Competitive advantage for MNOs – leverage your reach

Competitive advantage for MNOs – leverage your reach

Reaching an audience requires connectivity – but MNOs already have audiences for which they provide connectivity services. They need to do more to leverage these connections by enriching understanding of their audience and integrating these insights into product launches.

MNOs already reach substantial audiences, providing fertile grounds for new offers

According to McKinsey[1], one of the key advantages held by tech companies (such as Netflix) is the global reach they gain through the availability of internet access. Any such company can target a global audience, simply by leveraging the power of the web. Such companies typically adopt a universal approach, although they may engage in a degree of localisation (such as producing content specifically for a given market).

However, we should not overlook the fact that MNOs also enjoy reach – but very specific and targeted reach in the countries in which they operate. Any subscriber can, in principle, access any of the services offered by the MNO.

This matters, because MNOs have already established deep footprints in their markets. Indeed, when compared to tech companies, they occupy an enviable position – tech companies have the potential to reach every internet-enabled user; MNOs already have because they provide connectivity in the first place.

This means that MNOs have a large captive audience for whatever services they seek to offer. Further, due to the increasing adoption of analytics solutions, they have a growing understanding of their customers and how they interact with the networks delivered.

Augment knowledge with data from other sources to really understand your business customers

Together, the result is that MNOs already have an audience and do not need to build one from scratch – unlike the tech companies cited by McKinsey, for example. This is a huge advantage, and the surprising thing is that MNOs do not capitalise on this reach. Put simply, any service that an MNO seeks to launch can be targeted – accurately and effectively – to a specific segment.

However, the knowledge that MNOs have of different segments is largely based on their own data. They know how many business customers they have, in general terms, and how many of these work for a particular organisation. What they may not know is more about the organisation specifically. What would be helpful would be to know how many people, for example, work for any such organisation – which can be inferred from the number of users in a particular account, but not known for certain. Such data is, however, available from public sources, so acquiring such data and using it to grow penetration or to target a new offer should be a priority.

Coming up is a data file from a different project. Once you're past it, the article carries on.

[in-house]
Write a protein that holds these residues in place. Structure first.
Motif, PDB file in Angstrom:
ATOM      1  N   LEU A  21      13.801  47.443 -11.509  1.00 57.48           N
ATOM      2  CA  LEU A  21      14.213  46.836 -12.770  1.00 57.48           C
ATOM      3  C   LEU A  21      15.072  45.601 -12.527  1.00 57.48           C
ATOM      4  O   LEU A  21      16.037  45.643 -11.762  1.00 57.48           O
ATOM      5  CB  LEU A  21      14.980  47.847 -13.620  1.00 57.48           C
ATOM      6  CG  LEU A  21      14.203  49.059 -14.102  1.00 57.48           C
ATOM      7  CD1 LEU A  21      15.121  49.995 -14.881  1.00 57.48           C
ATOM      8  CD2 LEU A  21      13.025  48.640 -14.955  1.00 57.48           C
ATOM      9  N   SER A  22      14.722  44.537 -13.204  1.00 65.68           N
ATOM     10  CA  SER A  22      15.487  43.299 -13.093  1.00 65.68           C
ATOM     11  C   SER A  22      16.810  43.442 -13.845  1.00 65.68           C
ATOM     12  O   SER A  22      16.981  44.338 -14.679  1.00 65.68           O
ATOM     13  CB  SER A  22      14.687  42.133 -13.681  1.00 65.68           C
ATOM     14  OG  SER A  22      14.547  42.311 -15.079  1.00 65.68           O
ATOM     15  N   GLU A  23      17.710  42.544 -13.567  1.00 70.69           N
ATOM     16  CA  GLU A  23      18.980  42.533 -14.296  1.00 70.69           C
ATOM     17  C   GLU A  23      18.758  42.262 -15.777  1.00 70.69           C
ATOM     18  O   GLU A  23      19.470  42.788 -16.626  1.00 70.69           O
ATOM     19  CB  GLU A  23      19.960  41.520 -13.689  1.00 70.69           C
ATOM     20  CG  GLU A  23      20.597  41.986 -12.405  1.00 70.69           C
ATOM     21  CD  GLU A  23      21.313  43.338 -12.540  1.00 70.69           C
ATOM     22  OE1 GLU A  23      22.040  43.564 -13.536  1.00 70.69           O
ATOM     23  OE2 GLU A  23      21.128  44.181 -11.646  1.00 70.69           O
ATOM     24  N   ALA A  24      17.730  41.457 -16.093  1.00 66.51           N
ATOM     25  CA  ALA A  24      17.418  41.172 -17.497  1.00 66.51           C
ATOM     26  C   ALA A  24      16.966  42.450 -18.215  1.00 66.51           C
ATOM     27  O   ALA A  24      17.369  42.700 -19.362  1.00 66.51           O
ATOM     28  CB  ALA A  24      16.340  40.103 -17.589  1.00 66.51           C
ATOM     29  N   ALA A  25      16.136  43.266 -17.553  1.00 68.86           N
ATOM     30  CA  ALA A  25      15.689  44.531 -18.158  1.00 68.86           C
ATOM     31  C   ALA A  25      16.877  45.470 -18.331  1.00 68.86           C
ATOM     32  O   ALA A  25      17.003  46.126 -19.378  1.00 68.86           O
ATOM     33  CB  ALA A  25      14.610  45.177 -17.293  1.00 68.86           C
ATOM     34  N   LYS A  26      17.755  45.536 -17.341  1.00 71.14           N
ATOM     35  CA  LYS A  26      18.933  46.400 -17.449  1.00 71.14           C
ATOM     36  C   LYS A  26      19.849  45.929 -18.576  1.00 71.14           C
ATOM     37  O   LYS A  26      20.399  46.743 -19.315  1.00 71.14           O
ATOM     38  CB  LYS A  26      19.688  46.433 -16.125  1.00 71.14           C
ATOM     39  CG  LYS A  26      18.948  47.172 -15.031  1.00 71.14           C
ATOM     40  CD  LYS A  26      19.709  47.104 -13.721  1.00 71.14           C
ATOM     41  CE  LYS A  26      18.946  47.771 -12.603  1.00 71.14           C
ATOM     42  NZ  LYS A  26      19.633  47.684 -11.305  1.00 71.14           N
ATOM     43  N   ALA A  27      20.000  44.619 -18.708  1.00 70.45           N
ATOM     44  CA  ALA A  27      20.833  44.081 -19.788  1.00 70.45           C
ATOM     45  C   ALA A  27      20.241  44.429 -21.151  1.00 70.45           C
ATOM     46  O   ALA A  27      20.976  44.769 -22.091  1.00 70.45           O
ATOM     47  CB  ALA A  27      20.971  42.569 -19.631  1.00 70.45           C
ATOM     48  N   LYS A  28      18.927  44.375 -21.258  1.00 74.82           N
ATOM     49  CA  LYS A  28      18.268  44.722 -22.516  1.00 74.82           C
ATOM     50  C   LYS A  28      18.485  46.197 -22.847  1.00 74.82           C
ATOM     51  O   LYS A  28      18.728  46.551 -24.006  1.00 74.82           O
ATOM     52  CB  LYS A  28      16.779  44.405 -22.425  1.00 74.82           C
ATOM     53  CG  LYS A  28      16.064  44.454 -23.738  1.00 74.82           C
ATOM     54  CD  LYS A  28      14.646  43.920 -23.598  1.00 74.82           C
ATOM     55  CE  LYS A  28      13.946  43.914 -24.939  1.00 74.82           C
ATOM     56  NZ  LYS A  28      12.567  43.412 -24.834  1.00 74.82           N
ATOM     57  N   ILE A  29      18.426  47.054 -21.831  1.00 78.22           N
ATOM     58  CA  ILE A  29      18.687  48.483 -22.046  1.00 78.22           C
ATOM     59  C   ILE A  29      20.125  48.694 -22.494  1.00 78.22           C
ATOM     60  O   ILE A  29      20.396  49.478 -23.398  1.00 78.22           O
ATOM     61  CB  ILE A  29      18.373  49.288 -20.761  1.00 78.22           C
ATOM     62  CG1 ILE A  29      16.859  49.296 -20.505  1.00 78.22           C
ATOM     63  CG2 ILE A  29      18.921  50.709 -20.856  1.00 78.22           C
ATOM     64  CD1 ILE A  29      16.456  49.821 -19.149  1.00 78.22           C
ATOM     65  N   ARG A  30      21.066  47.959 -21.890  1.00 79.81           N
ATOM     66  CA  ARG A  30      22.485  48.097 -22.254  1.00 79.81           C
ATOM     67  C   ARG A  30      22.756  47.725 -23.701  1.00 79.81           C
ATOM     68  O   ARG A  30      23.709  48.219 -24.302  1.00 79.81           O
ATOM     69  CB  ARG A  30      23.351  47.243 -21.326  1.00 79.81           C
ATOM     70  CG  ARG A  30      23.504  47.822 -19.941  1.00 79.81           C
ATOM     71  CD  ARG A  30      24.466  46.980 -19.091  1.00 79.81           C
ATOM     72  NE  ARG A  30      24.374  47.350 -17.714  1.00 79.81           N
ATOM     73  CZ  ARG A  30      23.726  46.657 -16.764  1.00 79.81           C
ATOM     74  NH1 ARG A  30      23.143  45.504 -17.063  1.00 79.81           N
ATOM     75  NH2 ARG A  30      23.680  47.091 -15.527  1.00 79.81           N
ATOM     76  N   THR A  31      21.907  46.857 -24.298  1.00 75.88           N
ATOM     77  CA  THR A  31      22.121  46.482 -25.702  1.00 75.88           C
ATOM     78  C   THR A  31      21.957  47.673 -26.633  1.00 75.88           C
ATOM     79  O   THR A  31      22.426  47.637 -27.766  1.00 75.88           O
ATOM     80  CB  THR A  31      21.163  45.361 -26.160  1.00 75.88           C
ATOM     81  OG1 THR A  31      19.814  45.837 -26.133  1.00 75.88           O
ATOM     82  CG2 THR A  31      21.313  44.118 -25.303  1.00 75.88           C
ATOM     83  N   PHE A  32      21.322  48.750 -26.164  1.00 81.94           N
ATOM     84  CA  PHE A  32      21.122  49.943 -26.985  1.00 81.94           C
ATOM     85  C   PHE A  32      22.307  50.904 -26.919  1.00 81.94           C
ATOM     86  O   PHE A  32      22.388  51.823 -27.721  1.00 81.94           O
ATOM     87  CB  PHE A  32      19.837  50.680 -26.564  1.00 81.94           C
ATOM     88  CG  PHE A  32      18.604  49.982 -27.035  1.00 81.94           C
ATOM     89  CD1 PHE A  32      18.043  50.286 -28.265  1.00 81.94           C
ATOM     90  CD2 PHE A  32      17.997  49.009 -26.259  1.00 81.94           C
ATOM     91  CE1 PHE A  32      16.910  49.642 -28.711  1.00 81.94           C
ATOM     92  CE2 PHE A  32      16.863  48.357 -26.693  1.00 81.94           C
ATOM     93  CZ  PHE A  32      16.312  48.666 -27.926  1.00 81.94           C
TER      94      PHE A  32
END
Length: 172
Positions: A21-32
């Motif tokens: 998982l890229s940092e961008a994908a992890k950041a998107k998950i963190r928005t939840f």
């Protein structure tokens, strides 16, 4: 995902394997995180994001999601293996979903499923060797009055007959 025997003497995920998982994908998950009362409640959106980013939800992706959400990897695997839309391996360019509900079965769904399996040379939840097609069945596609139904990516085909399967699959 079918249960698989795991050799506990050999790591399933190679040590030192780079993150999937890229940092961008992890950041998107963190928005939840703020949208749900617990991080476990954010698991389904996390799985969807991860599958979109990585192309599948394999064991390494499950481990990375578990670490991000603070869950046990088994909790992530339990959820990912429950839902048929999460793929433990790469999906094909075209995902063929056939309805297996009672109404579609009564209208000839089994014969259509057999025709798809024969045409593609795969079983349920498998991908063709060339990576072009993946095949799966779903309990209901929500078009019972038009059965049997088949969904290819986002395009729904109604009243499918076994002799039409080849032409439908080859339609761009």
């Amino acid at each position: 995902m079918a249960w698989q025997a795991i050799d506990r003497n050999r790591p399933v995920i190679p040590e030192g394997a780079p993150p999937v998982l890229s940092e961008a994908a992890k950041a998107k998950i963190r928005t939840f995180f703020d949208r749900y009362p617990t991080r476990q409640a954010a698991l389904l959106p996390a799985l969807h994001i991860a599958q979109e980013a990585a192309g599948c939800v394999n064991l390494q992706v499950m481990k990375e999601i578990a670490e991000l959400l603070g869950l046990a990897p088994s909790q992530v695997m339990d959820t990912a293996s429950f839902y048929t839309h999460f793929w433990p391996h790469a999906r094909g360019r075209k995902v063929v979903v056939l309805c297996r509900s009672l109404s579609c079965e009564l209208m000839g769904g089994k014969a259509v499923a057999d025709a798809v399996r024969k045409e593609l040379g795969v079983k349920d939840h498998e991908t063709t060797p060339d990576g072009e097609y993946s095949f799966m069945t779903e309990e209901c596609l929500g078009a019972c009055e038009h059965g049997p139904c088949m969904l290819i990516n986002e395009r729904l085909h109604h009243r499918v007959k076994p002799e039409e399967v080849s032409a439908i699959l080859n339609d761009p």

But, they do have a wealth of information regarding calling habits and patterns that can be filtered by user and by account – how much data is consumed, which are the key destinations and origins for traffic, how much in intra-company (between members of the organisation), and how much is to or from external sources. Which are the most frequently contacted users? How often are the contacted and for how long?

All of this data is available from network signalling records, which can easily be analysed and parsed to yield insights that can, in turn, help with the delivery of offers to the user base. Such activities are very different from the parallel goal of subscriber acquisition – but are just as important, if not more so. After all, a subscriber is already a customer, so the hard work has been done.

Target and focus with an integrated approach

It is by using data such as this that the competitive advantage afforded by national coverage can be turned into success, boosting revenue by selling things to people who have already bought something. It is in this domain that MNOs need to learn from the approach of tech companies, who typically excel at mining data and presenting relevant offers to subscribers.

The importance of this cannot be overstated. When launching a product or service, you have to let customers know that it’s available – which requires promotional and upselling campaigns targeted to customers whom you think would be potential users – data you already have and which you can use.

Sure, some people may spontaneously discover that a new service is available but building a new service or offer doesn’t mean that people will just come. You have to work hard to tell them that you have something new to offer – the product itself is not enough. Necessary, but not sufficient.

And it is this holistic approach that we see achieving most success for our customers. Yes, the technical solution (e.g., our Cloud PBX solution) must be in place, but those MNOs that secure the best returns on their investments are those that really push these services to their community of subscribers. So, if you want to learn from experts in B2B success, why not have a chat – and we’ll show you how to build on service launch to ensure a winning approach.

 

[1] “How telcos can succeed in launching new businesses beyond connectivity”, McKinsey, February 2022

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